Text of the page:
Saudi Aramco reveals its financials — and more secrets

Another day, another Saudi headline — but one far different from the usual riff about the murder of journalist Jamal Khashoggi, the war in Yemen, the crown prince known as MbS, or the kingdom’s imprisoned women activists: The state-owned oil company Saudi Aramco made more profit last year than any other company in the world.

According to the Wall Street Journal, its net income (profit to you and me) was $111 billion. Before taxes and other expenses it made $212 billion.

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Reaching for comparisons, the Journal said the revenue figure was similar to the combined military budgets of the 28 members of the European Union. The Financial Times reported that the profit was almost double that of Apple and five times that of rival oil company Royal Dutch Shell.

The mind boggles, but the one-line explanation is simple: It is very easy (therefore, cheap) to find oil in Saudi Arabia, costing around $3 to $5 per barrel, so when you are producing around 10 million barrels per day and can sell it for $60-plus per barrel, you earn a lot of money.

We didn’t know the profit figure before because Saudi Aramco was secretive. What is different now? Saudi Aramco wants to borrow money. Unless you work in Wall Street or otherwise are financially savvy, your jaw is probably dropping. But the explanation has logic and is also revealing.

The oil company needs the money to buy a chunk of the state-owned petrochemical giant, Sabic (the Saudi Basic Industries Corporation). Currently, Sabic is owned by the state-owned Public Investment Fund (PIF) but Saudi Aramco has announced that it is going to buy 70 percent for around $69 billion. To help pay for it, the oil company wants to issue $10 billion worth of bonds, which it hopes that foreign investors will buy. Such investors like to know what they are paying for; hence, the publication of financial details.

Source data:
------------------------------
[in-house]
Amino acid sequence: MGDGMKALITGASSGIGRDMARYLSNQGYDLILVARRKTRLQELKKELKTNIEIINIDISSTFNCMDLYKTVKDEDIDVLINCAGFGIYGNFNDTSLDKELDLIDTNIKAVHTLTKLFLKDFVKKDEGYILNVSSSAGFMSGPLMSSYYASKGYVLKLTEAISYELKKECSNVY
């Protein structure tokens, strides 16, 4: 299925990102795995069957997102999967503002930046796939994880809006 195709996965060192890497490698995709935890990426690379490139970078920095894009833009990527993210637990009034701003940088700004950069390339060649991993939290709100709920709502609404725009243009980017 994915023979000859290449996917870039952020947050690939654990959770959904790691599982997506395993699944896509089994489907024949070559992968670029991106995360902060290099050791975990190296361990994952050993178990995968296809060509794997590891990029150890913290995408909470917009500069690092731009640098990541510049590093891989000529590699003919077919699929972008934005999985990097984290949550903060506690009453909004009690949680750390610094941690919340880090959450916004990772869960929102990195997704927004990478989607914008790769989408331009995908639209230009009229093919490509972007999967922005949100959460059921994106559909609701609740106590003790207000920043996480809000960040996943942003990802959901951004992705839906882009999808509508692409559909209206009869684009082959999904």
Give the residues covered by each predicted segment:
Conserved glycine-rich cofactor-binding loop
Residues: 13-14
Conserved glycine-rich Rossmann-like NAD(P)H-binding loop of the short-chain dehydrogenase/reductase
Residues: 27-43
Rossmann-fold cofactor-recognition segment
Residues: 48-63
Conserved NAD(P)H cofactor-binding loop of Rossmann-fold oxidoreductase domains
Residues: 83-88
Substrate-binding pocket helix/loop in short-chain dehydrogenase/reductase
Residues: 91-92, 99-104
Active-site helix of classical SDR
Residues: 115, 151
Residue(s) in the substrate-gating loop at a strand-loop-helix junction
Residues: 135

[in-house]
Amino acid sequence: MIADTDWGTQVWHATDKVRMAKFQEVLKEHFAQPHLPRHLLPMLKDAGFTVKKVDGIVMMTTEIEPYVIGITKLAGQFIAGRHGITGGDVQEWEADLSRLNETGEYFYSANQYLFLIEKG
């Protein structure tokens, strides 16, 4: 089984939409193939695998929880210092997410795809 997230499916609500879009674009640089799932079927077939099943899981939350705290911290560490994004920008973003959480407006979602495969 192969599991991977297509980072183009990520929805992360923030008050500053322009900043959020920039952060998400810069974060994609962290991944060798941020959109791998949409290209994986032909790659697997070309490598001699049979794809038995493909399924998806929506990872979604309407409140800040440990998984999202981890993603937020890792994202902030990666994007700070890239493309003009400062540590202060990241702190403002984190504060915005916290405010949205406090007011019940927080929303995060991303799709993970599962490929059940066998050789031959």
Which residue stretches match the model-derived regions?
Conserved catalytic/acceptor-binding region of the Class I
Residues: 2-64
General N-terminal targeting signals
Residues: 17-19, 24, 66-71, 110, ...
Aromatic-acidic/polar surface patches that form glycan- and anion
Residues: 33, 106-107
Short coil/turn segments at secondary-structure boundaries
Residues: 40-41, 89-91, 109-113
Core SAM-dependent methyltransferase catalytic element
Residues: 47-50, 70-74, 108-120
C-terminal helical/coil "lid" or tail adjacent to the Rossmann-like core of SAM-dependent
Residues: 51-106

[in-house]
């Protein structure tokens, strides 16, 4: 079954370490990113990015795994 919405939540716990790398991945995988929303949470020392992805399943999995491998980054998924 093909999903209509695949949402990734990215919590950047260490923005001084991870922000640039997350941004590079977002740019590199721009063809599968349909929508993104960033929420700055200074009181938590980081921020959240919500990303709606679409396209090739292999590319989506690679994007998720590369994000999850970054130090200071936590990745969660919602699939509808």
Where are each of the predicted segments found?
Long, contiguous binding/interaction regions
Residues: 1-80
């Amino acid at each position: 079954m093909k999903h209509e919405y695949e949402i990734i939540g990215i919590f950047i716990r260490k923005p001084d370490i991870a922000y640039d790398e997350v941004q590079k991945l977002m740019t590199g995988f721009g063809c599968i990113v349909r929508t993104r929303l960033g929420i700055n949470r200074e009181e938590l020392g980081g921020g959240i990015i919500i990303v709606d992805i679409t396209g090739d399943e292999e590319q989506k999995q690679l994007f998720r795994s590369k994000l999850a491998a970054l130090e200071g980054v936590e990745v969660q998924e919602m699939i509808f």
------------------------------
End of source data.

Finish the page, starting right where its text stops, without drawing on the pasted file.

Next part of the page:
Another way of looking at the development is that Saudi Arabia needs to raise money to fund its ambitious infrastructure programs, including the Red Sea Neom project and making central Riyadh into a giant green area, multiples the size of Central Park. It had hoped to sell off a portion of Saudi Aramco to create the cash but couldn’t do it because the world wasn’t interested in paying the asking price of $100 billion. So Saudi Aramco is buying a bit of Sabic and wants the world to help by giving it $10 billion. Meanwhile, the PIF nets $69 billion. In accounting terms, it is very much an internal book transaction. In lay person’s language, it is mainly taking money out of one pocket and putting it into the pocket on the other side.

People with good memories may recall that two years ago when Crown Prince Mohammad bin Salman (MbS) announced his Vision 2030, the underlying logic was shifting the Saudi economy from its reliance on oil, the fuel of the past. That is less emphasized these days, to the point of not being mentioned. People picky with details may note the proposed debt issue is for a 30-year bond. That’s not to say that the kingdom has radically reassessed its view of its oil future, but it does add nuance.

While foreign companies previously attracted by investment possibilities in MbS’s reshaping are cautious, at least in reputational terms, post-Khashoggi’s murder, financial types are less sniffy.  But, as the Financial Times puts it, the exercise “will provide a test of fund managers’ willingness to back a company intrinsically connected to the development of the Saudi state.” The PIF is expected to use its $69 billion, in the words of the Wall Street Journal, “to drive Prince Mohammad’s agenda.”

The Saudi Aramco headline was rivaled in the Washington Post by the news story about Khashoggi’s children being paid money by the Saudi government to stop them (apparently successfully) from talking about their father’s demise six months ago. The Post wrote that more money is in prospect once the trials of those accused of his murder and dismemberment are over.  The world moves on — or, does it?

Simon Henderson is the Baker Fellow and director of the Bernstein Program on Gulf and Energy Policy at the Washington Institute for Near East Policy. Follow him on Twitter @shendersongulf.